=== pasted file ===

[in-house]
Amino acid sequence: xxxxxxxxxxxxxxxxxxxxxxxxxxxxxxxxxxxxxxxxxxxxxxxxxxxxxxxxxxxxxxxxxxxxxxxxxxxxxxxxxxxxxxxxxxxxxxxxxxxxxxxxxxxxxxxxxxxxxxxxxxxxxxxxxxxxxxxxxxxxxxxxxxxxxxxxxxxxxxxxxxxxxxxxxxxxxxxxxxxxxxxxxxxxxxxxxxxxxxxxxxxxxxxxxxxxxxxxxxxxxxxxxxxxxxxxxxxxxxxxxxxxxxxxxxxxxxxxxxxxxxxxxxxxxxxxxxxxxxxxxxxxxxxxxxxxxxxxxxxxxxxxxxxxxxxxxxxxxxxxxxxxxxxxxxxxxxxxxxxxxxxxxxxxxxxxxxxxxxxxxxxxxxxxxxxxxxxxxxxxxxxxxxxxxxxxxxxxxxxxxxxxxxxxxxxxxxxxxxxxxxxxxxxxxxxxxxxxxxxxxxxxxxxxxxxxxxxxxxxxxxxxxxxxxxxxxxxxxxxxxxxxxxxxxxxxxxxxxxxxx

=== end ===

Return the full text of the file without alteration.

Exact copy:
[in-house]
Amino acid sequence: xxxxxxxxxxxxxxxxxxxxxxxxxxxxxxxxxxxxxxxxxxxxxxxxxxxxxxxxxxxxxxxxxxxxxxxxxxxxxxxxxxxxxxxxxxxxxxxxxxxxxxxxxxxxxxxxxxxxxxxxxxxxxxxxxxxxxxxxxxxxxxxxxxxxxxxxxxxxxxxxxxxxxxxxxxxxxxxxxxxxxxxxxxxxxxxxxxxxxxxxxxxxxxxxxxxxxxxxxxxxxxxxxxxxxxxxxxxxxxxxxxxxxxxxxxxxxxxxxxxxxxxxxxxxxxxxxxxxxxxxxxxxxxxxxxxxxxxxxxxxxxxxxxxxxxxxxxxxxxxxxxxxxxxxxxxxxxxxxxxxxxxxxxxxxxxxxxxxxxxxxxxxxxxxxxxxxxxxxxxxxxxxxxxxxxxxxxxxxxxxxxxxxxxxxxxxxxxxxxxxxxxxxxxxxxxxxxxxxxxxxxxxxxxxxxxxxxxxxxxxxxxxxxxxxxxxxxxxxxxxxxxxxxxxxxxxxxxxxxxxx